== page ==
abstract: Microprocessors are the processing heart of any digital system and are central to all the technological advancements of the age including space exploration and monitoring. The demands of space exploration require a special class of microprocessors called radiation hardened microprocessors which are less susceptible to radiation present outside the earth's atmosphere, in other words their functioning is not disrupted even in presence of disruptive radiation. The presence of these particles forces the designers to come up with design techniques at circuit and chip levels to alleviate the errors which can be encountered in the functioning of microprocessors. Microprocessor evolution has been very rapid in terms of performance but the same cannot be said about its rad-hard counterpart. With the total data processing capability overall increasing rapidly, the clear lack of performance of the processors manifests as a bottleneck in any processing system. To design high performance rad-hard microprocessors designers have to overcome difficult design problems at various design stages i.e. Architecture, Synthesis, Floorplanning, Optimization, routing and analysis all the while maintaining circuit radiation hardness. The reference design `HERMES' is targeted at 90nm IBM G process and is expected to reach 500Mhz which is twice as fast any processor currently available. Chapter 1 talks about the mechanisms of radiation effects which cause upsets and degradation to the functioning of digital circuits. Chapter 2 gives a brief description of the components which are used in the design and are part of the consistent efforts at ASUVLSI lab culminating in this chip level implementation of the design. Chapter 3 explains the basic digital design ASIC flow and the changes made to it leading to a rad-hard specific ASIC flow used in implementing this chip. Chapter 4 talks about the triple mode redundant (TMR) specific flow which is used in the block implementation, delineating the challenges faced and the solutions proposed to make the flow work. Chapter 5 explains the challenges faced and solutions arrived at while using the top-level flow described in chapter 3. Chapter 6 puts together the results and analyzes the design in terms of basic integrated circuit design constraints. / Dissertation/Thesis / M.S. Electrical Engineering 2013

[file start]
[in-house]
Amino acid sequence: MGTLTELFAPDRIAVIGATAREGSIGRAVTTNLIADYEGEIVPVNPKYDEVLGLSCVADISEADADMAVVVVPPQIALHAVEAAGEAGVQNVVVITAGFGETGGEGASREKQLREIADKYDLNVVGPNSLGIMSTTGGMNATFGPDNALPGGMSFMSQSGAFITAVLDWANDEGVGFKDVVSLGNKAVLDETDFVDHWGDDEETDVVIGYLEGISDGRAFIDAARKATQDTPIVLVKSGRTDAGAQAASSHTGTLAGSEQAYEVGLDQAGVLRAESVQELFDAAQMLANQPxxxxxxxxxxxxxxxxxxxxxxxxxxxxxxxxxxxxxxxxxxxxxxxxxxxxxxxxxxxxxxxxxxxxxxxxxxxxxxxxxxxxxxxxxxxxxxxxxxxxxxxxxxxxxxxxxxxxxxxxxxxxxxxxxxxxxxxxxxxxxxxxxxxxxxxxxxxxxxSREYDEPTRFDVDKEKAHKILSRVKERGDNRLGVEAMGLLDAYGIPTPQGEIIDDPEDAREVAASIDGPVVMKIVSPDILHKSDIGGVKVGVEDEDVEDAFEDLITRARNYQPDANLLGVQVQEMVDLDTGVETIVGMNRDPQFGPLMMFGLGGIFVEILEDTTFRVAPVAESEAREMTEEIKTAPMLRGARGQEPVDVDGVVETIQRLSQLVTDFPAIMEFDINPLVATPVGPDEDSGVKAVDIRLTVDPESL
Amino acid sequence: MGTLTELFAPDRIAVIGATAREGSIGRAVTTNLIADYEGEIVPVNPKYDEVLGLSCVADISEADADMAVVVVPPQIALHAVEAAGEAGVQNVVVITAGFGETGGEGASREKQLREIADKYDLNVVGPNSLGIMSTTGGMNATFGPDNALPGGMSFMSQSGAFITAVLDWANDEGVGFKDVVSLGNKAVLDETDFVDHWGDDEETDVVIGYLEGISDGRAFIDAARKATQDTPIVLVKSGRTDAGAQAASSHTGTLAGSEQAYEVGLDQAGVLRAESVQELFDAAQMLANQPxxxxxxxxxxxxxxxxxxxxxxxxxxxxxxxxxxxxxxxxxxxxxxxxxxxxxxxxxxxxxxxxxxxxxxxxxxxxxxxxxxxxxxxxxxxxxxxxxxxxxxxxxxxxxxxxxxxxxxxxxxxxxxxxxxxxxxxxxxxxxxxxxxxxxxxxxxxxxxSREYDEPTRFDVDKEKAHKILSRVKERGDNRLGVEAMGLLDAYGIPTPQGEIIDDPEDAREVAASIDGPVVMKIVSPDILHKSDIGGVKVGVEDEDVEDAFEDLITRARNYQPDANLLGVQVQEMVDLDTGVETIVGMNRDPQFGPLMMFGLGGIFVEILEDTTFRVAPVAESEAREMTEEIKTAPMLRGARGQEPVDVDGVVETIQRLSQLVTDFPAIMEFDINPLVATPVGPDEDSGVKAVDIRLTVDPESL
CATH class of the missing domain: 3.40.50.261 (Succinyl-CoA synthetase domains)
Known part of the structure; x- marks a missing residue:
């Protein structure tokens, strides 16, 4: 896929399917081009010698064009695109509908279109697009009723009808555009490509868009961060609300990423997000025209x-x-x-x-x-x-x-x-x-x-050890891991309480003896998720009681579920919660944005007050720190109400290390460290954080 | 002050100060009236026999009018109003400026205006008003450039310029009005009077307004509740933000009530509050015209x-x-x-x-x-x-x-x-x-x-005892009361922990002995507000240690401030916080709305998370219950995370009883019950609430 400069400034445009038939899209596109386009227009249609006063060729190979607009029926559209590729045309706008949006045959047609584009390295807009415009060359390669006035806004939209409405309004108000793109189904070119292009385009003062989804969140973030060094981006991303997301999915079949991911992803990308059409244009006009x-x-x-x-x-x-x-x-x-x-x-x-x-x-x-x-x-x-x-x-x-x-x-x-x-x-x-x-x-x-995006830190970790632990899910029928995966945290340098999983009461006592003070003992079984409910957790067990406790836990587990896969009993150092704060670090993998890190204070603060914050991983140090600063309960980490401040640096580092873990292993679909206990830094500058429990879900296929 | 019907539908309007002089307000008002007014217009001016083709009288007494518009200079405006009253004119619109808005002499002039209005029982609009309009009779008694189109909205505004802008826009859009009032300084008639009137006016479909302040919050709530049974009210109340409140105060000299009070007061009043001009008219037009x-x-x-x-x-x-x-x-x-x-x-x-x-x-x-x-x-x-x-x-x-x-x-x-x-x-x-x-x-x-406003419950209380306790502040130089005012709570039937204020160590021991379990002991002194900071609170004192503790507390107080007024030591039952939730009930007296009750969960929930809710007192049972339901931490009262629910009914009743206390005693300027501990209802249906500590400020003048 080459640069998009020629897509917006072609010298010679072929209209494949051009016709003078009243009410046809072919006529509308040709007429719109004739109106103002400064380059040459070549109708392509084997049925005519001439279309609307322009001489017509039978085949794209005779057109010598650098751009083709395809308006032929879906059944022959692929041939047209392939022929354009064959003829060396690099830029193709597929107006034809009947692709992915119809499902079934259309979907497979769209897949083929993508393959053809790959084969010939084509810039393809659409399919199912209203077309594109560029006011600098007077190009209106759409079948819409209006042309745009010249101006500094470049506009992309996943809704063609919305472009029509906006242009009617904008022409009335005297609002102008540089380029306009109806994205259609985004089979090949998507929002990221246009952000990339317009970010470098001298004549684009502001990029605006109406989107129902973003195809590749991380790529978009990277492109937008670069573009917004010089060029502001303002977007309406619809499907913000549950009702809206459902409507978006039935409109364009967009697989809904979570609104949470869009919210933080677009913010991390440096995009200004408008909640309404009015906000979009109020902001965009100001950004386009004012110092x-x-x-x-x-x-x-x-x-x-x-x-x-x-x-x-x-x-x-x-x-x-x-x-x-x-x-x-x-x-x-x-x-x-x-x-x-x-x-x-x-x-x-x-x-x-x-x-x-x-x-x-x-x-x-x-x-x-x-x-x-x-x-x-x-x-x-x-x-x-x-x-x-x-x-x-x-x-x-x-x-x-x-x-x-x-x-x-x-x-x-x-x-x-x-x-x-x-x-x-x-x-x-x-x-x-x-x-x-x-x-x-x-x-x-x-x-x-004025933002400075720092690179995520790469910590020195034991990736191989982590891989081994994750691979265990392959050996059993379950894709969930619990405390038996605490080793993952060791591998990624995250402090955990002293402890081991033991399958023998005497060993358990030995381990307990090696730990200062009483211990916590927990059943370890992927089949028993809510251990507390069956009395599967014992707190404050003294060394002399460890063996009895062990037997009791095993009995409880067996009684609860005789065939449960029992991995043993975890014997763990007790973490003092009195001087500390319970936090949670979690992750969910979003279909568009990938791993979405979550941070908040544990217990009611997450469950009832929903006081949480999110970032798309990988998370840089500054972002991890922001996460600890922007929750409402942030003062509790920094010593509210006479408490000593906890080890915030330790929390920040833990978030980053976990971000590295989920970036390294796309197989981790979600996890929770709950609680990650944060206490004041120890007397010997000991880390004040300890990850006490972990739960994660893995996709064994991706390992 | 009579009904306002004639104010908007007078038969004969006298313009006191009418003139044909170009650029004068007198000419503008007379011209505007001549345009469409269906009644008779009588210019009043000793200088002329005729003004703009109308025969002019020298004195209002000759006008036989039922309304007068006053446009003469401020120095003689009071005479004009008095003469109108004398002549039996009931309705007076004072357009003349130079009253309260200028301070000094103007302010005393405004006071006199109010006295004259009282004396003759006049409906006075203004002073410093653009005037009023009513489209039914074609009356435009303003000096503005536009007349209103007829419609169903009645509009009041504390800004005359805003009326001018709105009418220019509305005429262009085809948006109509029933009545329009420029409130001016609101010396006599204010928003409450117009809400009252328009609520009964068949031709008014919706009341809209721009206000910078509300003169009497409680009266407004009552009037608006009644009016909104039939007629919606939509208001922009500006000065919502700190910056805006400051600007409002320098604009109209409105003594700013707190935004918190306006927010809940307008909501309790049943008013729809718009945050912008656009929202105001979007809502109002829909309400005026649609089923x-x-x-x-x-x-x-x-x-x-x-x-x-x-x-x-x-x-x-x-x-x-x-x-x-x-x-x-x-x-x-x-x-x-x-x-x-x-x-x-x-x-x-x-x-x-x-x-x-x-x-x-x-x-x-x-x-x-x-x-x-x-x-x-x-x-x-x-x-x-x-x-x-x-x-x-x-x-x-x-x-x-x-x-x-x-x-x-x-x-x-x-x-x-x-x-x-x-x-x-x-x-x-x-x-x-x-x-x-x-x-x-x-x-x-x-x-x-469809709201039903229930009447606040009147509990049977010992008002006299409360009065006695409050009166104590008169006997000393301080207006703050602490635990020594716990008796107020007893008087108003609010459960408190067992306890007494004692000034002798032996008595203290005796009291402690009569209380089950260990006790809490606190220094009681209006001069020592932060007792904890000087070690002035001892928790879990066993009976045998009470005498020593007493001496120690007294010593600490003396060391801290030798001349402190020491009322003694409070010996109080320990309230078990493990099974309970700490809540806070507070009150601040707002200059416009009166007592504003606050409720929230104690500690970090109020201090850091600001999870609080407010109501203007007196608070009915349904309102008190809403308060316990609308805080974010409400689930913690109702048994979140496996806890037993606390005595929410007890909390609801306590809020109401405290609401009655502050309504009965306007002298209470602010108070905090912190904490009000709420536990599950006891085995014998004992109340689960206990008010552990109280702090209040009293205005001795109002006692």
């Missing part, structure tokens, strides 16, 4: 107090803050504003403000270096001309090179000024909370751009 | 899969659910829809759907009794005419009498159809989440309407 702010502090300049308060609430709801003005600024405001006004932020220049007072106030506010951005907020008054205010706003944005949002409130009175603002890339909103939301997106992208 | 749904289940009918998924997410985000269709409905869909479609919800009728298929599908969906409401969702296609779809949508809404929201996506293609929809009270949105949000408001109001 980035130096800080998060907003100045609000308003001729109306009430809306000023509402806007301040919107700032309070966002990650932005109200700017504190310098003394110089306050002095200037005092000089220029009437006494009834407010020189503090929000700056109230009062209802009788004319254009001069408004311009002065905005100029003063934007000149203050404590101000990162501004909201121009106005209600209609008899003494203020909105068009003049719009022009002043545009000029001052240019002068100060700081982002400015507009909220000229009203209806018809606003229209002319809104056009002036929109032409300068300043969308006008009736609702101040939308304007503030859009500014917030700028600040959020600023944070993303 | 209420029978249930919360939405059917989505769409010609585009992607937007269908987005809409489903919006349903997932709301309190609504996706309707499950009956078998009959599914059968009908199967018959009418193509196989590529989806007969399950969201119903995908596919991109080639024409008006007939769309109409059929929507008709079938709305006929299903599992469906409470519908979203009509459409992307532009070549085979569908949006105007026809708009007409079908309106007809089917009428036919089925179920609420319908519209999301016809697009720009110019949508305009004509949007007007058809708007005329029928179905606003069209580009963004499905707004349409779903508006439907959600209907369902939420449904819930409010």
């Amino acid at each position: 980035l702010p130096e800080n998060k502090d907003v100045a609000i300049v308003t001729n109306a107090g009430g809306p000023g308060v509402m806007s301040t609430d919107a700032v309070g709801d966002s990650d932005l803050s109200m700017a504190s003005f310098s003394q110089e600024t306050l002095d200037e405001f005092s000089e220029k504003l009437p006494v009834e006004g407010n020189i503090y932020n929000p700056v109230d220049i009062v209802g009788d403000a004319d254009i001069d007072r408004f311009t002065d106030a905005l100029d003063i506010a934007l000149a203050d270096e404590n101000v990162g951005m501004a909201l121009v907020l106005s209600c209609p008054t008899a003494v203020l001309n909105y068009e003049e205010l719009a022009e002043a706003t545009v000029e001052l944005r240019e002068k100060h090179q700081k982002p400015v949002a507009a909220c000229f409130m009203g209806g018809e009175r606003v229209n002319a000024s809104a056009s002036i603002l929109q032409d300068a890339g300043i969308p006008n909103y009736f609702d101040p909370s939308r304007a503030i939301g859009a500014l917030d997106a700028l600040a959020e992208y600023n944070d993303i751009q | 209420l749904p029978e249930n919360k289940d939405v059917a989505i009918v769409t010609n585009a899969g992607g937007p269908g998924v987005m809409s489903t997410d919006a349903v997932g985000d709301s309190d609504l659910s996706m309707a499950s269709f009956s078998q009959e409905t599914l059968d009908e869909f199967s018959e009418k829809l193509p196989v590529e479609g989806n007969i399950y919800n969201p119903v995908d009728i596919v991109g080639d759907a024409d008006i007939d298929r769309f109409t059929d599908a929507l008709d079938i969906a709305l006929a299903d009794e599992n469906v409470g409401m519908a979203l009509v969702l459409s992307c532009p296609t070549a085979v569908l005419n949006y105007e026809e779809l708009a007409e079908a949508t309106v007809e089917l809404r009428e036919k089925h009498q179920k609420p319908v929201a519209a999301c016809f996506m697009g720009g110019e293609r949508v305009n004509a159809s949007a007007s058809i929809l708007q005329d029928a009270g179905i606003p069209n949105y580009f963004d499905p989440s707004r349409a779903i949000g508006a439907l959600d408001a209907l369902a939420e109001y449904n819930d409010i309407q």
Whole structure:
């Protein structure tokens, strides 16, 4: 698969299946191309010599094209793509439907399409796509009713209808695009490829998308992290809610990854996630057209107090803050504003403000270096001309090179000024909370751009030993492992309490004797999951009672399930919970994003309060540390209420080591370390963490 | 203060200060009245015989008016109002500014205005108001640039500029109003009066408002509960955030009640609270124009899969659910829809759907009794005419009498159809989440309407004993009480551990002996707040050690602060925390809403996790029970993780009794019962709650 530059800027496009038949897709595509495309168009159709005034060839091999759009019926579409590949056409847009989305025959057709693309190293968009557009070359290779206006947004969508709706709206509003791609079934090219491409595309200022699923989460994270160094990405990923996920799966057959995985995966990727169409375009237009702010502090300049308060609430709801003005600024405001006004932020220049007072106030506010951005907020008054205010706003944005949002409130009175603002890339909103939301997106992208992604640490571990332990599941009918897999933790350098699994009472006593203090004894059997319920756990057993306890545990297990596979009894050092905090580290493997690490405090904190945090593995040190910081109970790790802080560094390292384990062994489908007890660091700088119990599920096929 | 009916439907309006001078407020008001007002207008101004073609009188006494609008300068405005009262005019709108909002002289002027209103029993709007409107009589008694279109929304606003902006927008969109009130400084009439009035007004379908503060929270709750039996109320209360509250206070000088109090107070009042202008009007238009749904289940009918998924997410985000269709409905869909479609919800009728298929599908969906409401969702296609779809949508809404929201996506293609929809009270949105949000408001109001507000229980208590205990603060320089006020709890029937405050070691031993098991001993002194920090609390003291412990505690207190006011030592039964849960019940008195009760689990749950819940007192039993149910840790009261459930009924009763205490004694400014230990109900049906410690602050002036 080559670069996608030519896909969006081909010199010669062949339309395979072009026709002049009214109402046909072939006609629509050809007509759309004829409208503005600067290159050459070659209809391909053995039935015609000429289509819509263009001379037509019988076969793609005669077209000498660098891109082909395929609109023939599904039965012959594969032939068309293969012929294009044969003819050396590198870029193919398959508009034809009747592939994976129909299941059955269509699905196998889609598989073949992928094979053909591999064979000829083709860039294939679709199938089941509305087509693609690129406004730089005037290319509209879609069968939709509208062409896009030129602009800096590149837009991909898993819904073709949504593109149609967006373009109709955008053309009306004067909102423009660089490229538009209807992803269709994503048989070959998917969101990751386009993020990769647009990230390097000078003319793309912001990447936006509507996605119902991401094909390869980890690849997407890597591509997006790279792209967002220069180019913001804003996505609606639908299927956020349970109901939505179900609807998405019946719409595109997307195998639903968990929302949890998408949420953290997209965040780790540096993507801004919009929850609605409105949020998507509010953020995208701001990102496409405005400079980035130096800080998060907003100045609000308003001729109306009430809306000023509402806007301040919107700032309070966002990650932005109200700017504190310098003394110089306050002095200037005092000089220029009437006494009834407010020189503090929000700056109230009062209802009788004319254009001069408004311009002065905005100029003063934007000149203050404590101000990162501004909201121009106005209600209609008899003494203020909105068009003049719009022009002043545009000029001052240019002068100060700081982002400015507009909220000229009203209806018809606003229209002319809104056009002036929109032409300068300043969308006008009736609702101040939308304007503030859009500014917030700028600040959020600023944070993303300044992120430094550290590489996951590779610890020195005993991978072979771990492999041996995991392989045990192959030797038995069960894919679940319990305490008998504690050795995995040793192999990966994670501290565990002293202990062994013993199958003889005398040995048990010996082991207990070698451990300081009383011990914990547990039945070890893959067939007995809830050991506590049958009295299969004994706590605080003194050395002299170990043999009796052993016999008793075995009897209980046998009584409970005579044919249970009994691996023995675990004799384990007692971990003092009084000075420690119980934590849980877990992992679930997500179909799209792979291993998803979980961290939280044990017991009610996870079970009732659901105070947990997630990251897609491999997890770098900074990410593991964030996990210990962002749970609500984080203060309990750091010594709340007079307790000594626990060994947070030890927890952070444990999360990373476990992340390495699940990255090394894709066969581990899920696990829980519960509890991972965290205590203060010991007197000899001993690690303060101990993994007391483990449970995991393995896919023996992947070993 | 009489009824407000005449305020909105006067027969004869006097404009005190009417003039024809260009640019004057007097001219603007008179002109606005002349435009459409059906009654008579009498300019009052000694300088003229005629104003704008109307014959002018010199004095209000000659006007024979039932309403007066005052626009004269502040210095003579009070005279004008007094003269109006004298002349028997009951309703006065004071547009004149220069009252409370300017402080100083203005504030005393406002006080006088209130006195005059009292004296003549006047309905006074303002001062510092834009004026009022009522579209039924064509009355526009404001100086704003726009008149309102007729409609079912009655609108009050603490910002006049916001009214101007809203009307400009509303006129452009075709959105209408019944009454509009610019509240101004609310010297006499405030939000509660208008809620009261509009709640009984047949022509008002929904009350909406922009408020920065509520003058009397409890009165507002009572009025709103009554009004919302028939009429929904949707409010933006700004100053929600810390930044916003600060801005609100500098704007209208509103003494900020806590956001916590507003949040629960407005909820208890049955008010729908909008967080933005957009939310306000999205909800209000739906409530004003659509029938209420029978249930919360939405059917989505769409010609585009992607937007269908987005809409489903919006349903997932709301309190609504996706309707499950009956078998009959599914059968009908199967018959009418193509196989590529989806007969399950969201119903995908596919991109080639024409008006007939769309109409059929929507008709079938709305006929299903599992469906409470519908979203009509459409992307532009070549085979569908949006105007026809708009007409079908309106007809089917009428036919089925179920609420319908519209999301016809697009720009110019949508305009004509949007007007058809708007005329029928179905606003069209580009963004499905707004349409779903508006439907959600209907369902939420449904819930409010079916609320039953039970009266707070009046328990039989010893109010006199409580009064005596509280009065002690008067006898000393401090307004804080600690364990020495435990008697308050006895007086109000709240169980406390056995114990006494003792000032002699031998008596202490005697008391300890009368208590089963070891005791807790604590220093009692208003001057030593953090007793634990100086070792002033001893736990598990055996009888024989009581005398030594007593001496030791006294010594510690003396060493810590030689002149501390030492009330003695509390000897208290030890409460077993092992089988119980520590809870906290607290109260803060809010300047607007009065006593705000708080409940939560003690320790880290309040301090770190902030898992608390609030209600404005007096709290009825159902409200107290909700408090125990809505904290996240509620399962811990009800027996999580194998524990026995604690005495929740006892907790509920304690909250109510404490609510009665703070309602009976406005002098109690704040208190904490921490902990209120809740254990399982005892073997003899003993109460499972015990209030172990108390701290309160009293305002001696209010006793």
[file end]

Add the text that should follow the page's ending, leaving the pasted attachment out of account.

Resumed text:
A Structured ASIC Approach to a Radiation Hardened by Design Digital Single Sideband Modulator for Digital Radio Frequency Memories

Pemberton, Thomas B. 30 June 2010 (has links)
No description available.

Radiation damage accumulation and associated mechanical hardening in thin films and bulk materials

Dunn, Aaron Yehudah 27 May 2016 (has links)